The multi-layer configuration of such storage vessels result in a shielding system that is large dimensionally and in mass, thus limiting the quantity of radioactive material that can be stored, especially when storage area is limited. Without the separate longitudinal channels containing the neutron absorptive material, the vessel would be ineffective, as depleted uranium is useless by itself for neutron absorption. Such a large multi-layer configuration also requires ancillary cooling systems to dissipate heat generated by the enclosed radioactive material.
Accordingly, there is a need for a radiation storage vessel that combines the functions of attenuating photon radiation, neutron absorption and shock mitigation from impact, while minimizing the thickness of the vessel's walls and weight such that the vessel can be more readily transported and a larger quantity of radioactive material can be stored in a given area. The foregoing reflect the state of the art of which the applicant is aware and are tendered with the view toward discharging applicant's acknowledged duty of candor in disclosing information which may be pertinent in the examination of this application. It is respectfully stipulated, however, that none of these teach or render obvious, singly or when considered in combination, applicant's claimed invention.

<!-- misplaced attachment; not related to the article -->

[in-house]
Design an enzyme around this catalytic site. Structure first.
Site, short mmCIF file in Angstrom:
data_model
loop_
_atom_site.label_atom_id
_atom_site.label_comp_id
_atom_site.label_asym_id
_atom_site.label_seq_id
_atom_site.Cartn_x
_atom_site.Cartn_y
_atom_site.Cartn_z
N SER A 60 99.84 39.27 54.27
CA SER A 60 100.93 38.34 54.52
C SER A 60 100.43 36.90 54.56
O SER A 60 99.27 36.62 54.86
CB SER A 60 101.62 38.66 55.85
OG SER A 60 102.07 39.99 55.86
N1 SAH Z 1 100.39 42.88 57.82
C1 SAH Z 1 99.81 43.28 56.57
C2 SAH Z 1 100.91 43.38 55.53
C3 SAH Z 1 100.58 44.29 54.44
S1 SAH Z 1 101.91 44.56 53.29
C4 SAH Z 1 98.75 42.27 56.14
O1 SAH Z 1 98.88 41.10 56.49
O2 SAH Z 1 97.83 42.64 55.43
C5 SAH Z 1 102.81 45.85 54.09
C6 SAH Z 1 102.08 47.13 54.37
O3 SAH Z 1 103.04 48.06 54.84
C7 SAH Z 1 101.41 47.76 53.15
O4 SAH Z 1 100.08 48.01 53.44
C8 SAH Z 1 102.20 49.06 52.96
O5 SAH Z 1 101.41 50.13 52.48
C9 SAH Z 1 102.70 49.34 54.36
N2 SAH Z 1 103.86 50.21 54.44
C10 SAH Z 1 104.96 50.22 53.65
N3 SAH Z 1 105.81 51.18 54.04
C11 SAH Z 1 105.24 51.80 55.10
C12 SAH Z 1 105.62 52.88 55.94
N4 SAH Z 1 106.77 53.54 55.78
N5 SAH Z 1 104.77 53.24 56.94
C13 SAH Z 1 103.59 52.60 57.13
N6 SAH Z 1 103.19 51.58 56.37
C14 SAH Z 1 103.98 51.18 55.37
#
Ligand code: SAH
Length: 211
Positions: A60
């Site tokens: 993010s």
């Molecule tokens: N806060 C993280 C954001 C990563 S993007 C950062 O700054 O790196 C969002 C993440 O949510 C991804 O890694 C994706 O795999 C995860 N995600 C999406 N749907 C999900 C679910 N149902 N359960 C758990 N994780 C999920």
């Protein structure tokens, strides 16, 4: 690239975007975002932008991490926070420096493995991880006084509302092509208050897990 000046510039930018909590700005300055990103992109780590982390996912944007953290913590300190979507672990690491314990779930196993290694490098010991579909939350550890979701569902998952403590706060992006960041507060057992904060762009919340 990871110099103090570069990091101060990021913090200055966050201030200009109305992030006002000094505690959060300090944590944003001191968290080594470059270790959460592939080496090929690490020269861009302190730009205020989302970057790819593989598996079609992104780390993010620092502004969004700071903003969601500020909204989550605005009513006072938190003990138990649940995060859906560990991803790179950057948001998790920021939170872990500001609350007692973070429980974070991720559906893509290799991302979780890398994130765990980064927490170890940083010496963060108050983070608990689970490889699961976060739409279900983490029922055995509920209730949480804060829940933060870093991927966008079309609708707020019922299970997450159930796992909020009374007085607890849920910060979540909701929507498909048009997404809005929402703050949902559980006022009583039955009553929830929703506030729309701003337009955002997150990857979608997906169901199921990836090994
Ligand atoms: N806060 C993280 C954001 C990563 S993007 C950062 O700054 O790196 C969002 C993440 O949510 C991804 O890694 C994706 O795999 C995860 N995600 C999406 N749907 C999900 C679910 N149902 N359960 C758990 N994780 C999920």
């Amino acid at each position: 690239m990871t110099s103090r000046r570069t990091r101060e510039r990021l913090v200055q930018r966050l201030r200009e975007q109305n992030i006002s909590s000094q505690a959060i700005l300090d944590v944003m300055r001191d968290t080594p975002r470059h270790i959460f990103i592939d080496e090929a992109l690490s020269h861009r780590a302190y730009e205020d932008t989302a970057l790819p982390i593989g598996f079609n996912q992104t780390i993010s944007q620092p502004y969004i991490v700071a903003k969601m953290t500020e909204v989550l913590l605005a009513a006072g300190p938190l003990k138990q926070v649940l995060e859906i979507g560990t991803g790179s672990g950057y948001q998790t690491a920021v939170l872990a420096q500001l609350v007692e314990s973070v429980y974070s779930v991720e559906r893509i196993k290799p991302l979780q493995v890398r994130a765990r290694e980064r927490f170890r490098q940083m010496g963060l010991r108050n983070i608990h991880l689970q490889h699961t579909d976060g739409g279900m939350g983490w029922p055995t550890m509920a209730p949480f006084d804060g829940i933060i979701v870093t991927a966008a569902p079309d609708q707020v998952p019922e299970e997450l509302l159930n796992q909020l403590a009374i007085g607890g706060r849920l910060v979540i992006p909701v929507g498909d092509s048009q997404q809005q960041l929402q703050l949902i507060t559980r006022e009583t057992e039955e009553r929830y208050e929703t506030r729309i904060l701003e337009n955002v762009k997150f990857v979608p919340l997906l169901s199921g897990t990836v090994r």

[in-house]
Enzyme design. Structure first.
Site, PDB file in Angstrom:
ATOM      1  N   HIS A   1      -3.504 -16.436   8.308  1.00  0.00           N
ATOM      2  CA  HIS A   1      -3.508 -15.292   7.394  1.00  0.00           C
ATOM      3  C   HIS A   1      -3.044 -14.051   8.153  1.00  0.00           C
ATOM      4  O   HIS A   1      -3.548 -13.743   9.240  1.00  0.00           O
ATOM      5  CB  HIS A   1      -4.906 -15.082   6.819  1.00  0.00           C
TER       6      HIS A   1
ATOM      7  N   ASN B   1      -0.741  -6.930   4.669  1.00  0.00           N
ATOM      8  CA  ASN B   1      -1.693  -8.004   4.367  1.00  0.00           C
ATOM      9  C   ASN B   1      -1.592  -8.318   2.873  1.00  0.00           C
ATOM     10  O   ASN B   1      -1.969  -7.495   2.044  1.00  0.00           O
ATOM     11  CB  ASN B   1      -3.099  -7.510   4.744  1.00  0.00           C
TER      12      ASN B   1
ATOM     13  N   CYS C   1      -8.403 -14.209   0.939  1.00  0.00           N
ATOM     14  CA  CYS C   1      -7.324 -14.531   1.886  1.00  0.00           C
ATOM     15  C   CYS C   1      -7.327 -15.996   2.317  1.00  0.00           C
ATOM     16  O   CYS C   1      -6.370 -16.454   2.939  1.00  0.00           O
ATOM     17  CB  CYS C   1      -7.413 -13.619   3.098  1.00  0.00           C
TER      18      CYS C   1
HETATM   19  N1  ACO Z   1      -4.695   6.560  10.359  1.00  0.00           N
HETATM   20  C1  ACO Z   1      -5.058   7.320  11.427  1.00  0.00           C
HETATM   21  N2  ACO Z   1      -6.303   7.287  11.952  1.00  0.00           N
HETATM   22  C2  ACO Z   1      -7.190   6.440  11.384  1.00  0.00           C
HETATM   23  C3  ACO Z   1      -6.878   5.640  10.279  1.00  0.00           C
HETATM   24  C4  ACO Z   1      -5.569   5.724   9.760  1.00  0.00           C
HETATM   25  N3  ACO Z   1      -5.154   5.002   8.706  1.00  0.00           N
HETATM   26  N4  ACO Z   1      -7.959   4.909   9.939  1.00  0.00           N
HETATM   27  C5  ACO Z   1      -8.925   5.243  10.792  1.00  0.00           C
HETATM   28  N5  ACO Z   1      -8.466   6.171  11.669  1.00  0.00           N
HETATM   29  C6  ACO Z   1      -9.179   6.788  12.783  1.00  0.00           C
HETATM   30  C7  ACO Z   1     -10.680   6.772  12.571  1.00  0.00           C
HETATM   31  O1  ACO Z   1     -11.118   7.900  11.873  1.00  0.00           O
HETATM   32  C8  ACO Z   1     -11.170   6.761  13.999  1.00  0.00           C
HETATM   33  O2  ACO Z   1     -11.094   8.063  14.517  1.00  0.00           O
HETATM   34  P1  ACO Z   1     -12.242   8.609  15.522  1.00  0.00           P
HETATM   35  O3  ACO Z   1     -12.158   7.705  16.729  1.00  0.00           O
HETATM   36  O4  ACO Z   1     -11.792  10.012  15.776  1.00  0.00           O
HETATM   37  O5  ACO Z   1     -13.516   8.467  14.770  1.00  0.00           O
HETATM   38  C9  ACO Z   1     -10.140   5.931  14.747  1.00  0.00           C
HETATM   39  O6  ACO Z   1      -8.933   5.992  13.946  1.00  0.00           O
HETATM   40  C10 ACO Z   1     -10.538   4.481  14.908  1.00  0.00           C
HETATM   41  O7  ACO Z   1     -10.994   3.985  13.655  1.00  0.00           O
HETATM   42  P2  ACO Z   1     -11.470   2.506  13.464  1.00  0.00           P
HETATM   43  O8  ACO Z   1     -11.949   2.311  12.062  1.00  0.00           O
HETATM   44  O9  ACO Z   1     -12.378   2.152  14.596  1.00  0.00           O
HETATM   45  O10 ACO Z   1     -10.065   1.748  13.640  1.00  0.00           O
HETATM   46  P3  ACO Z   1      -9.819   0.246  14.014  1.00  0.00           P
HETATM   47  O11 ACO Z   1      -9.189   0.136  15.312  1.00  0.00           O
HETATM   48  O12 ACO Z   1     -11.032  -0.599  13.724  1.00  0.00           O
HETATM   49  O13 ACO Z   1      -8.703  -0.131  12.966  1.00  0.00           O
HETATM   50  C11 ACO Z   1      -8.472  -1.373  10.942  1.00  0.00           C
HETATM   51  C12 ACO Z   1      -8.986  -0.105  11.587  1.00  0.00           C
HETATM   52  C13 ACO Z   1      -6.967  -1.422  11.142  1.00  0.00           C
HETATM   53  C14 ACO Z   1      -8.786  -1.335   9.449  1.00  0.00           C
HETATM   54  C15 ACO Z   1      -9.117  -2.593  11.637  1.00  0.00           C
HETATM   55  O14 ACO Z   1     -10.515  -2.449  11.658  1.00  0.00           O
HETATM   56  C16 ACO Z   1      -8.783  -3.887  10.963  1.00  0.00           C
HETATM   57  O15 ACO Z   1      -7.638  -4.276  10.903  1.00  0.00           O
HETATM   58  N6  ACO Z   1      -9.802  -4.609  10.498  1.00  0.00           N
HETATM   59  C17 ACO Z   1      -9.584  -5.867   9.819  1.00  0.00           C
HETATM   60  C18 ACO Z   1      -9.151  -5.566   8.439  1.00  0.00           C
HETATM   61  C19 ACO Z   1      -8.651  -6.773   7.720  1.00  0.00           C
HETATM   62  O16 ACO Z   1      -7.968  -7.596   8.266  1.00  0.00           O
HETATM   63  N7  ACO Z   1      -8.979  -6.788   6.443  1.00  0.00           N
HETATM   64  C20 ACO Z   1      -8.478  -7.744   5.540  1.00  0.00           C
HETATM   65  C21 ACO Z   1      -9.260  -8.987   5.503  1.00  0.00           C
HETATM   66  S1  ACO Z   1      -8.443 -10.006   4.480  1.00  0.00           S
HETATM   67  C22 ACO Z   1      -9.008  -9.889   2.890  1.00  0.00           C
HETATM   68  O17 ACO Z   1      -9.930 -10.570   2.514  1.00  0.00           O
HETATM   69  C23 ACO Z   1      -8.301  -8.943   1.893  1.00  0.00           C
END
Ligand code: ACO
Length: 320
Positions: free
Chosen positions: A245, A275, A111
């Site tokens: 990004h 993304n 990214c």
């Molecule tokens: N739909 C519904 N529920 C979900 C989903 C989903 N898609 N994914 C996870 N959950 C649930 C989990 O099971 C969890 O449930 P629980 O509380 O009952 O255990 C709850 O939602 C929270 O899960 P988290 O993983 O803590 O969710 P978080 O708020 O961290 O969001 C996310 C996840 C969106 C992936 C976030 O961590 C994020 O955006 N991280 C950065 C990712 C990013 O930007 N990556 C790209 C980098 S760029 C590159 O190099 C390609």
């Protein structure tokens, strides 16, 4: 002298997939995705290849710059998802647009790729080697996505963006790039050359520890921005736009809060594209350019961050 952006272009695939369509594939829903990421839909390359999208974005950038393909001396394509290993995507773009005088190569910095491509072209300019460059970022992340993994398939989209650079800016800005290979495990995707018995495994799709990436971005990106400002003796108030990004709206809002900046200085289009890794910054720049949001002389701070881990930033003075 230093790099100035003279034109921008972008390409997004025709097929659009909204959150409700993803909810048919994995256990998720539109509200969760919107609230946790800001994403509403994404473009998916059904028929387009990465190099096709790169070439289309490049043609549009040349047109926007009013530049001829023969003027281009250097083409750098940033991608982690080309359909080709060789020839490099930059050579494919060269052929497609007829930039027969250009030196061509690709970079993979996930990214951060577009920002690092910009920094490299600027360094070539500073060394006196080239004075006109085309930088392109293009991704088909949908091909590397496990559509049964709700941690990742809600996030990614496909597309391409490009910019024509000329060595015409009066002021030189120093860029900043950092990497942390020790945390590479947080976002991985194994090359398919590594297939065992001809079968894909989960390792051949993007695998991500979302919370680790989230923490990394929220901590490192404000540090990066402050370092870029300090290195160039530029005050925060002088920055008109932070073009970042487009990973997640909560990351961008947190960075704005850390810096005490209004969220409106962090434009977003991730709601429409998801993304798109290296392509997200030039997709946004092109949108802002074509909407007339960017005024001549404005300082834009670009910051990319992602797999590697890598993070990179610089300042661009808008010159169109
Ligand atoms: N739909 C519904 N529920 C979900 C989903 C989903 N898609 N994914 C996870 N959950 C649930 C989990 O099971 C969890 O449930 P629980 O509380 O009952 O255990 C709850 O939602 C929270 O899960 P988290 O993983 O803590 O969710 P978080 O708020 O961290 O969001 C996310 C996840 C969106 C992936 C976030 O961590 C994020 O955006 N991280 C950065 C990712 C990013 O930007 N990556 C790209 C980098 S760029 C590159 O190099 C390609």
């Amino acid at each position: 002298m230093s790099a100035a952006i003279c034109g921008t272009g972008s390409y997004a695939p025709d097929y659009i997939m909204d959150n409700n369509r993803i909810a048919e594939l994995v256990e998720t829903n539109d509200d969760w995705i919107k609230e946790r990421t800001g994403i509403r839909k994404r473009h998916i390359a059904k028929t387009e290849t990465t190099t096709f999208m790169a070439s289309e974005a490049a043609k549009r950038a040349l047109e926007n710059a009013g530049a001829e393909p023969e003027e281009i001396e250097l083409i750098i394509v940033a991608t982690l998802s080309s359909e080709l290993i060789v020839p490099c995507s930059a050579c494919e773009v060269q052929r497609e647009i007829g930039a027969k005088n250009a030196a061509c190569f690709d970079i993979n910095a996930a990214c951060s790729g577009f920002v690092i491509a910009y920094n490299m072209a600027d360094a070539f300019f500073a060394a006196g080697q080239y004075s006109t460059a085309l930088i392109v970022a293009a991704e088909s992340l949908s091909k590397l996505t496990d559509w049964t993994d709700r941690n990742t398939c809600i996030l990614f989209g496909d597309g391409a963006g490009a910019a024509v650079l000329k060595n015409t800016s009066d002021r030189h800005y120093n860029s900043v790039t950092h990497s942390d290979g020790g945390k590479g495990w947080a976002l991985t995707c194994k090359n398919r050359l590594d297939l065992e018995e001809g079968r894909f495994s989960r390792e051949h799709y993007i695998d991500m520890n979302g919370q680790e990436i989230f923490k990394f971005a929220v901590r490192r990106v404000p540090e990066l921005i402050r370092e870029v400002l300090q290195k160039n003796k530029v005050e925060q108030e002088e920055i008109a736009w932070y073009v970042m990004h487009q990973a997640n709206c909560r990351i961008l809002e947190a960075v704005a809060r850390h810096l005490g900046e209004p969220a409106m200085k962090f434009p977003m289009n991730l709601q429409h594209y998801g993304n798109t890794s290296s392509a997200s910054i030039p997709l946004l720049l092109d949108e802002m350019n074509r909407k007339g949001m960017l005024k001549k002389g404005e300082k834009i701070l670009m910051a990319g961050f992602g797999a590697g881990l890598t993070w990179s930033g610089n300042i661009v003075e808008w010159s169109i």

The present invention is a vessel for the storage and transportation of radioactive materials. The vessel generally comprises a mixture of small metal particles, preferably but not necessarily spherical, embedded in a matrix that contains neutron moderating and absorbing material. The use of spherical particles, however, assures maximum density of packing so that the thickness of the vessel's wall is minimized while allowing sufficient space in the interstices between the particles for the neutron absorber/moderator. The composite mixture of metal particles and neutron absorbing matrix is poured into an annular space between an inner vessel that is used to contain the radioactive material and an outer casing that serves both as a form for the shielding system and a protective covering. The metal particles are composed of depleted uranium, lead or other like material. The inclusion of neutron absorbing material within the matrix eliminates the need for a separate layer of neutron absorptive materials thus reducing the weight and amount of space occupied by the vessel.